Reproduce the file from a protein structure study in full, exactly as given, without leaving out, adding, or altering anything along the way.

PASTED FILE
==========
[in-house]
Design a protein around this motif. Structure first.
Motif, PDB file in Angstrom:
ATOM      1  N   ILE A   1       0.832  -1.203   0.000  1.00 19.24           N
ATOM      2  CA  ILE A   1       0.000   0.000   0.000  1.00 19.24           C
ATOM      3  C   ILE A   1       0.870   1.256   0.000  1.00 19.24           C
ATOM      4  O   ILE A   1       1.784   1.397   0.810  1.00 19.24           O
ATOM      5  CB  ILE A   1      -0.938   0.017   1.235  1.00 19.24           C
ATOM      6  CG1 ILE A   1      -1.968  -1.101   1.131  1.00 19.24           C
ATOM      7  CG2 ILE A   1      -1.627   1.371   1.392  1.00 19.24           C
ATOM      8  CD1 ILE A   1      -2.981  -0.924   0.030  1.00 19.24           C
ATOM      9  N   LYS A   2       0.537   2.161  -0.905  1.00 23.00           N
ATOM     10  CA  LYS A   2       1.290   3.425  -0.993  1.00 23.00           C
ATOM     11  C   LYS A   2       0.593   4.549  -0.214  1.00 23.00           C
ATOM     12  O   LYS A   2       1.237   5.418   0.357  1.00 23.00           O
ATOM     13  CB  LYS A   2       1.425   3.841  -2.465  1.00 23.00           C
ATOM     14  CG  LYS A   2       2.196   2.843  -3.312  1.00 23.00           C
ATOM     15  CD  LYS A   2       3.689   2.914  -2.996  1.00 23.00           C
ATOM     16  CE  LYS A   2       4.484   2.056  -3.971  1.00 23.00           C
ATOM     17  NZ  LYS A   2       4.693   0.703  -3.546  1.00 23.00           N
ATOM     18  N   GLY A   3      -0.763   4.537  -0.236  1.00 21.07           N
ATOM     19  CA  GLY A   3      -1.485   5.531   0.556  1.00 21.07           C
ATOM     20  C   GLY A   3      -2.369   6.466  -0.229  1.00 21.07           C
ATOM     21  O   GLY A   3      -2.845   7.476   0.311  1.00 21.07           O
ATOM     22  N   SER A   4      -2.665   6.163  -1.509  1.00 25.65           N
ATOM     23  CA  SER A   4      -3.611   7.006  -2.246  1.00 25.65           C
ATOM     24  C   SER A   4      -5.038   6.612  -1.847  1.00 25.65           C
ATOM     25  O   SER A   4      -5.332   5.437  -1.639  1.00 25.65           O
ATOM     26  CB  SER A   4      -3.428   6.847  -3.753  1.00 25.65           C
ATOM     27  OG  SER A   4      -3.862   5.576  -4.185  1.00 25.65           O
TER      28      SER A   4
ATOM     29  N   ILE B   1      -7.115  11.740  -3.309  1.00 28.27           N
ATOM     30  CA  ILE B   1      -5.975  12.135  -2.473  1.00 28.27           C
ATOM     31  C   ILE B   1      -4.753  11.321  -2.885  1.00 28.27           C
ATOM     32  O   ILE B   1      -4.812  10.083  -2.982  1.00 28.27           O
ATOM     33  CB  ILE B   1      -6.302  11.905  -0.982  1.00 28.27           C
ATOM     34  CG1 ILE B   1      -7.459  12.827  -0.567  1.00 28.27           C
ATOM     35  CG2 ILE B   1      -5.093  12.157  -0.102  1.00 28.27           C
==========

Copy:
[in-house]
Design a protein around this motif. Structure first.
Motif, PDB file in Angstrom:
ATOM      1  N   ILE A   1       0.832  -1.203   0.000  1.00 19.24           N
ATOM      2  CA  ILE A   1       0.000   0.000   0.000  1.00 19.24           C
ATOM      3  C   ILE A   1       0.870   1.256   0.000  1.00 19.24           C
ATOM      4  O   ILE A   1       1.784   1.397   0.810  1.00 19.24           O
ATOM      5  CB  ILE A   1      -0.938   0.017   1.235  1.00 19.24           C
ATOM      6  CG1 ILE A   1      -1.968  -1.101   1.131  1.00 19.24           C
ATOM      7  CG2 ILE A   1      -1.627   1.371   1.392  1.00 19.24           C
ATOM      8  CD1 ILE A   1      -2.981  -0.924   0.030  1.00 19.24           C
ATOM      9  N   LYS A   2       0.537   2.161  -0.905  1.00 23.00           N
ATOM     10  CA  LYS A   2       1.290   3.425  -0.993  1.00 23.00           C
ATOM     11  C   LYS A   2       0.593   4.549  -0.214  1.00 23.00           C
ATOM     12  O   LYS A   2       1.237   5.418   0.357  1.00 23.00           O
ATOM     13  CB  LYS A   2       1.425   3.841  -2.465  1.00 23.00           C
ATOM     14  CG  LYS A   2       2.196   2.843  -3.312  1.00 23.00           C
ATOM     15  CD  LYS A   2       3.689   2.914  -2.996  1.00 23.00           C
ATOM     16  CE  LYS A   2       4.484   2.056  -3.971  1.00 23.00           C
ATOM     17  NZ  LYS A   2       4.693   0.703  -3.546  1.00 23.00           N
ATOM     18  N   GLY A   3      -0.763   4.537  -0.236  1.00 21.07           N
ATOM     19  CA  GLY A   3      -1.485   5.531   0.556  1.00 21.07           C
ATOM     20  C   GLY A   3      -2.369   6.466  -0.229  1.00 21.07           C
ATOM     21  O   GLY A   3      -2.845   7.476   0.311  1.00 21.07           O
ATOM     22  N   SER A   4      -2.665   6.163  -1.509  1.00 25.65           N
ATOM     23  CA  SER A   4      -3.611   7.006  -2.246  1.00 25.65           C
ATOM     24  C   SER A   4      -5.038   6.612  -1.847  1.00 25.65           C
ATOM     25  O   SER A   4      -5.332   5.437  -1.639  1.00 25.65           O
ATOM     26  CB  SER A   4      -3.428   6.847  -3.753  1.00 25.65           C
ATOM     27  OG  SER A   4      -3.862   5.576  -4.185  1.00 25.65           O
TER      28      SER A   4
ATOM     29  N   ILE B   1      -7.115  11.740  -3.309  1.00 28.27           N
ATOM     30  CA  ILE B   1      -5.975  12.135  -2.473  1.00 28.27           C
ATOM     31  C   ILE B   1      -4.753  11.321  -2.885  1.00 28.27           C
ATOM     32  O   ILE B   1      -4.812  10.083  -2.982  1.00 28.27           O
ATOM     33  CB  ILE B   1      -6.302  11.905  -0.982  1.00 28.27           C
ATOM     34  CG1 ILE B   1      -7.459  12.827  -0.567  1.00 28.27           C
ATOM     35  CG2 ILE B   1      -5.093  12.157  -0.102  1.00 28.27           C